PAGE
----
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Currency Flow in an Economy: India’s Demonetarization Event

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DOI: 10.4236/tel.2018.83033    552 Downloads   1,159 Views  

ABSTRACT

In a previous paper, we analyzed an economic event in 2016-17 of a sudden demonetarization of India, to test the empirical validity of the Chartalist school of monetary theory. The Chartalist school had distinguished three kinds of money: Fiat, Commodity, and Managed Money. The demonetarization event provided empirical evidence for this currency distinction being significant and empirically valid, in the context of the nation of India. That sudden withdrawal of Fiat money immediately decreased the amount of Commodity money, creating an economic crisis in local Indian commerce. Managed Money (as bank accounts) was unable to fill the temporary gap in the supply of money, because a large portion of the Indian population did not have bank accounts. Also the government had not supplied a sufficient number of new Fiat money (new 500 and 2000 rupee notes) to quickly replace the withdrawn 500 and 1000 rupee notes. Our analysis showed that the policy thinking behind the demonetarization event lacked a proper understanding of valid monetary theory. In this paper, we continue the analysis of the demonetarization event by constructing a model of monetary flow in India. This model builds upon the Chartalist theory of money and may help fiscal policy makers to make sound decisions about currency and credit in a nation.

1. Introduction

The model of the flow of currency within an economy should trace the flow between the public and private sectors, because fiat money is created in the public sector. As L Randall Wray wrote: “It is often useful to distinguish among different types of sectors in the e conomy. The most basic distinction is between the public sector (including all levels of government) and the private sector (including households and firms)” [2] . Wray also proposed to use an “accounting balance-sheet” approach between public and private sectors of a national economy [2] .

The flow of “fiat money” in a national economy can flow between public and private sectors. And Wray’s accounting model for a two-sector economy (private and public) is that fiat money is issued by the government for the function of collecting taxes. Issued fiat money enters the private sector from government spending (purchasing something from the private sector); and returns to the government sector by taxes on the private sector. To trace currency flows between public and private sectors, we construct a system-graphic model of a Chartalist monetary system, as shown in Figure 1. In the public sector of a modern economy, we indicate three functional components: a government treasury, a national central bank, and a foreign exchange for the national fiat currency.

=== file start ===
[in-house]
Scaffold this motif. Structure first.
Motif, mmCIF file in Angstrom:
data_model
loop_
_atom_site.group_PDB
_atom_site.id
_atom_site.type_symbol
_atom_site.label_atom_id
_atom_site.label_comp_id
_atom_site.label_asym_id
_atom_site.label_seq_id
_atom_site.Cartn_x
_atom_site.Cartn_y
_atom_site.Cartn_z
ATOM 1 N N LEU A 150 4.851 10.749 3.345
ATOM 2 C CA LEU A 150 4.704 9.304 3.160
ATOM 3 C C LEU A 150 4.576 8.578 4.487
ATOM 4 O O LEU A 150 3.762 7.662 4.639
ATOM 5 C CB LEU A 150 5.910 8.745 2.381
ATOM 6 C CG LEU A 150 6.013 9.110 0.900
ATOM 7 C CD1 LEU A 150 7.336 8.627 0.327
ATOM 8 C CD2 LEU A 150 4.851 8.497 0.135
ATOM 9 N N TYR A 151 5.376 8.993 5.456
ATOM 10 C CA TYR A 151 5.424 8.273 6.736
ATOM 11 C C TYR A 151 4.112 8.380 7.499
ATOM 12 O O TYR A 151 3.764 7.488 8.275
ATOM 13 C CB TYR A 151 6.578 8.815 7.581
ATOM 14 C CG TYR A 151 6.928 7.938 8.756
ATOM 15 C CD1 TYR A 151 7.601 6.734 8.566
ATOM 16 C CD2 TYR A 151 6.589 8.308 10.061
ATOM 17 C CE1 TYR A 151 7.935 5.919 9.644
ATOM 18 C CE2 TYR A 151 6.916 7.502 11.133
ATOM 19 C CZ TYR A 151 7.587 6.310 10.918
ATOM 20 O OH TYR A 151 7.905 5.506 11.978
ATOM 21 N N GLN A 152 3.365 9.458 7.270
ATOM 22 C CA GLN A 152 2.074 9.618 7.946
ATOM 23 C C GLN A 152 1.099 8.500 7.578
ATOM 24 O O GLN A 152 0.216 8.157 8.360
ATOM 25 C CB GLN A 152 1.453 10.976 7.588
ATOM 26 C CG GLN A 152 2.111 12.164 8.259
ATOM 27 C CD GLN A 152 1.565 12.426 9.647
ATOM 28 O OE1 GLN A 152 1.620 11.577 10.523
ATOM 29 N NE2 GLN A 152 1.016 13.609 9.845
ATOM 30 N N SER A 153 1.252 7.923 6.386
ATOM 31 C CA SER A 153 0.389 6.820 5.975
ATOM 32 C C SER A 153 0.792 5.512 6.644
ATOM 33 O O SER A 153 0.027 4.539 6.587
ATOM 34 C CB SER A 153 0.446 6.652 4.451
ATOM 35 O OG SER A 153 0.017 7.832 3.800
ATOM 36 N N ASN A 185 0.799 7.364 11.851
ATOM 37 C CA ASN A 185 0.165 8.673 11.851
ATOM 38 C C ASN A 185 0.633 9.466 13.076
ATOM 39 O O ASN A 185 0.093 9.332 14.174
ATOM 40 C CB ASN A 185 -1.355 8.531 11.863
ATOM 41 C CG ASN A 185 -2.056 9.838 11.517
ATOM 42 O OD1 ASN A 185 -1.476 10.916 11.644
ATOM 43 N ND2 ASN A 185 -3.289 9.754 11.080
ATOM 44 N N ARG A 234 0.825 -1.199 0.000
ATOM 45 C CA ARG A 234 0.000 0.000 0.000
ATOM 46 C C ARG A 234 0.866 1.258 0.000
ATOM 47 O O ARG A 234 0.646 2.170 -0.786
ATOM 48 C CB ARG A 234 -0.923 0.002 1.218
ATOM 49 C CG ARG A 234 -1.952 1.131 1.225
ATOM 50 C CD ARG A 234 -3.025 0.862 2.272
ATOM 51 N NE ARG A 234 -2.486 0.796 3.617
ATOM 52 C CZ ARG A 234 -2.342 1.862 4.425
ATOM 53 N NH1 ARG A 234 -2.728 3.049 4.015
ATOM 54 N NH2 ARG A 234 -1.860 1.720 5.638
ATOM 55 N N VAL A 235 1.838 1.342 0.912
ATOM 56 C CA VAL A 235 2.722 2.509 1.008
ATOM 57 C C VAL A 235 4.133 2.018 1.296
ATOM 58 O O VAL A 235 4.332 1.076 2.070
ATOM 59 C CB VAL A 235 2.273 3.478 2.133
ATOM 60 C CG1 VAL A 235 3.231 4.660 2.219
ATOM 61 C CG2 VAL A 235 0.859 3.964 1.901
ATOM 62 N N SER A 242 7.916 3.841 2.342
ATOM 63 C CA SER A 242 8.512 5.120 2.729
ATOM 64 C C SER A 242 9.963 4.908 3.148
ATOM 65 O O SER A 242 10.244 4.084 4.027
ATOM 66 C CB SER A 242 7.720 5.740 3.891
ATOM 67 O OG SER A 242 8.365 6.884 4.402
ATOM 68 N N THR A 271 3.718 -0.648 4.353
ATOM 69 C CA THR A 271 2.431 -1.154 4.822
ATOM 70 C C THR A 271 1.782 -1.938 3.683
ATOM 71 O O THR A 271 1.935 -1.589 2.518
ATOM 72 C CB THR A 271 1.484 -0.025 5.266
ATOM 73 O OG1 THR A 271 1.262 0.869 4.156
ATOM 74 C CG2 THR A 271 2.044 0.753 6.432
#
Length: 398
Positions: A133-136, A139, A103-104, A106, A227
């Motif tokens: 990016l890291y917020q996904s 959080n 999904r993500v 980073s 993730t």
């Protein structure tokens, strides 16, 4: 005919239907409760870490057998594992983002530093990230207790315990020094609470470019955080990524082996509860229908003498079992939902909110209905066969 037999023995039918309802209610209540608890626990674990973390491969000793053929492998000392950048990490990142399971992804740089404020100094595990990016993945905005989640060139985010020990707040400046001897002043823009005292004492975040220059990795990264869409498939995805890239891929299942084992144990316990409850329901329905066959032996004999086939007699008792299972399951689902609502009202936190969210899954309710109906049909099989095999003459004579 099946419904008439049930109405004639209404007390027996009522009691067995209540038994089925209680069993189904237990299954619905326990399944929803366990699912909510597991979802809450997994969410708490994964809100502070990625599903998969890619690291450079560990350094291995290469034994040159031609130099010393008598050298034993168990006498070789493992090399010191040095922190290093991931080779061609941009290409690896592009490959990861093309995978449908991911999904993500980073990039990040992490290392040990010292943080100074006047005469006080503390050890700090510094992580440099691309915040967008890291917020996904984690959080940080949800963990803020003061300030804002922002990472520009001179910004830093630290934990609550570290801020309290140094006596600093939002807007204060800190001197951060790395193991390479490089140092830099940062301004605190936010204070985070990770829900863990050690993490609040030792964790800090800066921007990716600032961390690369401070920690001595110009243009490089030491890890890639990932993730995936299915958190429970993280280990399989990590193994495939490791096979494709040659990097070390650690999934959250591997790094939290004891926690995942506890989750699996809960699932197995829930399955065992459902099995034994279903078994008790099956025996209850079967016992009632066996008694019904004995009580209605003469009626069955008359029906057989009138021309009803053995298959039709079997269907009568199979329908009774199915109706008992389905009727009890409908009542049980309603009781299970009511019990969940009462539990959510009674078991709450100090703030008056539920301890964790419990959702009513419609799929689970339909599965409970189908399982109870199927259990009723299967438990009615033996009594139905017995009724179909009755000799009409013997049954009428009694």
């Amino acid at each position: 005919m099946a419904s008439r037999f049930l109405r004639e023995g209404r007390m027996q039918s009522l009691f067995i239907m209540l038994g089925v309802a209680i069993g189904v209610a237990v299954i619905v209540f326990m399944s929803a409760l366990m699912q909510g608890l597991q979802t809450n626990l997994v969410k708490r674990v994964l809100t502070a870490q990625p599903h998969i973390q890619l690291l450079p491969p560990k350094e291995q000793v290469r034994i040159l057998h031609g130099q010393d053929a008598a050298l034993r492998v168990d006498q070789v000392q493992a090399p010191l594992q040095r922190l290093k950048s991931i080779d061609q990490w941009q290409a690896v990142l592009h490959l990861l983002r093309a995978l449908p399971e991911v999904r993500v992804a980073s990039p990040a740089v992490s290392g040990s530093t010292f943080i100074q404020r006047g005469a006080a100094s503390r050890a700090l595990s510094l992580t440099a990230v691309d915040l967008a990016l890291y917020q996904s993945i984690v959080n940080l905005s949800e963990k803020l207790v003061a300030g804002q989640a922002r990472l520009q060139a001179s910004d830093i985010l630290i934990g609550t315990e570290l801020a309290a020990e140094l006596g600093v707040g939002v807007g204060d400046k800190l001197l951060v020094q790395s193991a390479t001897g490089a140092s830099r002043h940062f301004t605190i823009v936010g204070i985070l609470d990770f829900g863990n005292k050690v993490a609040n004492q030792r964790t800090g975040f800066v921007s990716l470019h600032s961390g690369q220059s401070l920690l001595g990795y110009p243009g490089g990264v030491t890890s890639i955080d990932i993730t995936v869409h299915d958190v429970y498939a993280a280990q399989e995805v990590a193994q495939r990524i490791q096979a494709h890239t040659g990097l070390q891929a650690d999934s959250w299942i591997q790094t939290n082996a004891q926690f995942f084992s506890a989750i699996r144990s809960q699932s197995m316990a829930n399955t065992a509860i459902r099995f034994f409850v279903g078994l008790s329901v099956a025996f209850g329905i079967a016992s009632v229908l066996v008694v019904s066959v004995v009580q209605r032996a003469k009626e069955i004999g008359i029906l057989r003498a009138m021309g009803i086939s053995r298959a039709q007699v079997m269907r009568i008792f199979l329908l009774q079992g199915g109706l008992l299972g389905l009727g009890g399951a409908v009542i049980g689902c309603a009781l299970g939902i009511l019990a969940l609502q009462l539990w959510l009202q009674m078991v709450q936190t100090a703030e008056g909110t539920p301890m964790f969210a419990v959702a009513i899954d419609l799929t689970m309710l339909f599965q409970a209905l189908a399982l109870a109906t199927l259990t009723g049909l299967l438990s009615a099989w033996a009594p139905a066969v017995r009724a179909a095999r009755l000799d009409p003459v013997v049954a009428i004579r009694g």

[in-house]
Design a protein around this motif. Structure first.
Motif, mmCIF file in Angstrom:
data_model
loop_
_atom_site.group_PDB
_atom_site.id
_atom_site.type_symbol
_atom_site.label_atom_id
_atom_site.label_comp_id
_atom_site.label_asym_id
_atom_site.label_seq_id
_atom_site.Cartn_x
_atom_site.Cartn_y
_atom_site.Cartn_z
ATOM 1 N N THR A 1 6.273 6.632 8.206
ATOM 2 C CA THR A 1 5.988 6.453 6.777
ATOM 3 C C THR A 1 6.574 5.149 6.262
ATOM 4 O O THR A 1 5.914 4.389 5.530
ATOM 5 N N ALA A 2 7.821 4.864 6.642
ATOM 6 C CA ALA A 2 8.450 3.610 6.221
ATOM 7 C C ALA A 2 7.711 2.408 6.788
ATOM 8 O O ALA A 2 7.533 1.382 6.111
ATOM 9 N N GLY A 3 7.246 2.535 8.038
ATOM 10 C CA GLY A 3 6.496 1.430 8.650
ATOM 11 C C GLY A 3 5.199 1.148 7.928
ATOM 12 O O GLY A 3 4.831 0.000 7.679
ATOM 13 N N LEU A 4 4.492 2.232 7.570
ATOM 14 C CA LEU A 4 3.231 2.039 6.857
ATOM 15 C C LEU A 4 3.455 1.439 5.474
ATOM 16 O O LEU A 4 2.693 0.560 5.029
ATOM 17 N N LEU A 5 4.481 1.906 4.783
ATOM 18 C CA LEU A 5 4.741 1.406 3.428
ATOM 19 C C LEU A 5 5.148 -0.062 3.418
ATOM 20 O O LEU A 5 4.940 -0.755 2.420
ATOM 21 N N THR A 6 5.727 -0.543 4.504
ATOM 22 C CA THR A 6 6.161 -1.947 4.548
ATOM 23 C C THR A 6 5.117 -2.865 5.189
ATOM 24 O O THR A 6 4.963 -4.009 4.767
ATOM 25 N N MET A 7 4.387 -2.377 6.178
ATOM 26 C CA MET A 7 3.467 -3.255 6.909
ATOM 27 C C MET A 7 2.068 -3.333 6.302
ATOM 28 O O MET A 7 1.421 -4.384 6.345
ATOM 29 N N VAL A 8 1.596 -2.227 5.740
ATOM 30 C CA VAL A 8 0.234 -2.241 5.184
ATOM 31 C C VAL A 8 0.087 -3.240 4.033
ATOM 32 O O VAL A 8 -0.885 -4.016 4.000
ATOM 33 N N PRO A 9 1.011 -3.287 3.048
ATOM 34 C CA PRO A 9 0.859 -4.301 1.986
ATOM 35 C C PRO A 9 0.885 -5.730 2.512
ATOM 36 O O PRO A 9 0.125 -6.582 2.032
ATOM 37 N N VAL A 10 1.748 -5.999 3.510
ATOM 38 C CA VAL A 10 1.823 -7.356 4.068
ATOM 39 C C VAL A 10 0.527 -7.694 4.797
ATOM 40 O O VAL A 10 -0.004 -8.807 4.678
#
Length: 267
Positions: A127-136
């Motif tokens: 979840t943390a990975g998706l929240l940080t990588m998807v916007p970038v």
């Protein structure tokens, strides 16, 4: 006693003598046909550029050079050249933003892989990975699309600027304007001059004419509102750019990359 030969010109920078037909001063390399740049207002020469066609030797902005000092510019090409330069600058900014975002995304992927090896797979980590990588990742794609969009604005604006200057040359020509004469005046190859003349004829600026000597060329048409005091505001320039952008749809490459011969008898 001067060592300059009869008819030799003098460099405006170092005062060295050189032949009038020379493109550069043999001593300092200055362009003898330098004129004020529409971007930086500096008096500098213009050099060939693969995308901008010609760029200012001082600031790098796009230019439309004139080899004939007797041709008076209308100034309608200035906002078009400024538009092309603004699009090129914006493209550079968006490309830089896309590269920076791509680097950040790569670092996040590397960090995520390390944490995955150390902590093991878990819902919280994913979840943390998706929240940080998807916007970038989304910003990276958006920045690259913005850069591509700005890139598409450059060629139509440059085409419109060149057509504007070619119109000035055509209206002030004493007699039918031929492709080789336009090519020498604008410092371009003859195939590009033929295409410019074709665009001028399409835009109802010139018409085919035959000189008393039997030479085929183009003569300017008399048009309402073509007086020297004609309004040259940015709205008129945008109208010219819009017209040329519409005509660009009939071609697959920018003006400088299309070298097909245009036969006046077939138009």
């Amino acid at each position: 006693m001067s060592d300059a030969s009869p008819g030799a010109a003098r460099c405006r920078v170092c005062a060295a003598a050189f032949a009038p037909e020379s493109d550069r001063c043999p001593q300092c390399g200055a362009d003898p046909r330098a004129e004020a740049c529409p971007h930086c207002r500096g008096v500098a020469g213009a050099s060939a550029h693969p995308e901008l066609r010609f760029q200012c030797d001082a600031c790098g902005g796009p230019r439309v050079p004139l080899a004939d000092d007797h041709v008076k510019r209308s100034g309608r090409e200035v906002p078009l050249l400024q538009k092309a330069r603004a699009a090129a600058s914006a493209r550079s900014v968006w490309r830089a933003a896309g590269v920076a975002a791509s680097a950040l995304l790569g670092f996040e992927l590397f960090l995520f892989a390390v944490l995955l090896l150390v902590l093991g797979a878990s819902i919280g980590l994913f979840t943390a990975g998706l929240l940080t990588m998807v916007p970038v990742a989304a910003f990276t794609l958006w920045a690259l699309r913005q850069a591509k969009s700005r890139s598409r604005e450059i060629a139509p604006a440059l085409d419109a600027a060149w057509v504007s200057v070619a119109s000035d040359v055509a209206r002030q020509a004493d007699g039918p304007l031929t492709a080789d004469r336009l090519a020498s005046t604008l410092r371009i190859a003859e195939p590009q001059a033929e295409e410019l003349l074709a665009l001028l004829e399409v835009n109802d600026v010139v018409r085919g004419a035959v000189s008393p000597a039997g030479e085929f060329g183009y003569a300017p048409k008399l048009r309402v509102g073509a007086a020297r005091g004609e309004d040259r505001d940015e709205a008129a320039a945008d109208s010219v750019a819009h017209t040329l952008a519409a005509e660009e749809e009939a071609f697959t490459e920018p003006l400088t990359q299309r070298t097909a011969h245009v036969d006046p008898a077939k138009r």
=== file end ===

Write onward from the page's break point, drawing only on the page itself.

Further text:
In a model of the private sector, we distinguish between households, companies, and commercial banks. Households, companies, and commercial banks pay taxes into the treasury of the government, in the connective lines of fiat money (solid lines). From the government, this taxed fiat money enters back into the private sector by government purchases (paid by the treasury as expenditures in the treasury account of the central bank). Currency, in the form of managed money (dotted lines), also leaves the public sector of the central bank into the private sector as reserve accounts by commercial banks held in the central bank. Price of this government credit to commercial banks is controlled by the discount rate offered by the central bank.

In accordance with Chartalist monetary theory, money goes from the private sector into the public sector as taxes paid in fiat money. In contrast, money goes from the public into the private sector as 1) government purchases using fiat money and 2) as government credit in the form of managed money in central bank providing credit to commercial banks (at the “discount window” of the

Figure 1. Monetary system plane.

central bank). As in the Chartalist Modern Money Theory (MMT), this model distinguishes money between the public and private sectors as both printed currency (fiat money) and managed money (credit). Wray emphasized that these two forms of money, between the two sectors, enable the government to increase or decrease money in the economy through the control of the price of bank credit, without having to print or withdraw fiat money from the private sector [2] .

Also in the private sector when companies provide employment to households, currency flows as fiat money and as managed money between companies and households. Money also flows between commercial banks and companies and households in the form of credit. Households and companies also interact monetarily with commodity markets in the form of production and consumption of commodity goods (often paid by payment services as Managed money). Money flows in consumption and production by enabled trade in the currency form of commodity money. Commodity money is composed of both fiat money (printed currency) and managed money (bank and payment services accounts). Fiat money is 'good' commodity money; while inflated fiat money is 'bad' commodity money.

To provide equity for companies and savings for households, both companies and households monetarily interact with financial market. Investment banks create and maintain financial markets through financial products, often financed with credit from commercial to investment banks (as managed money).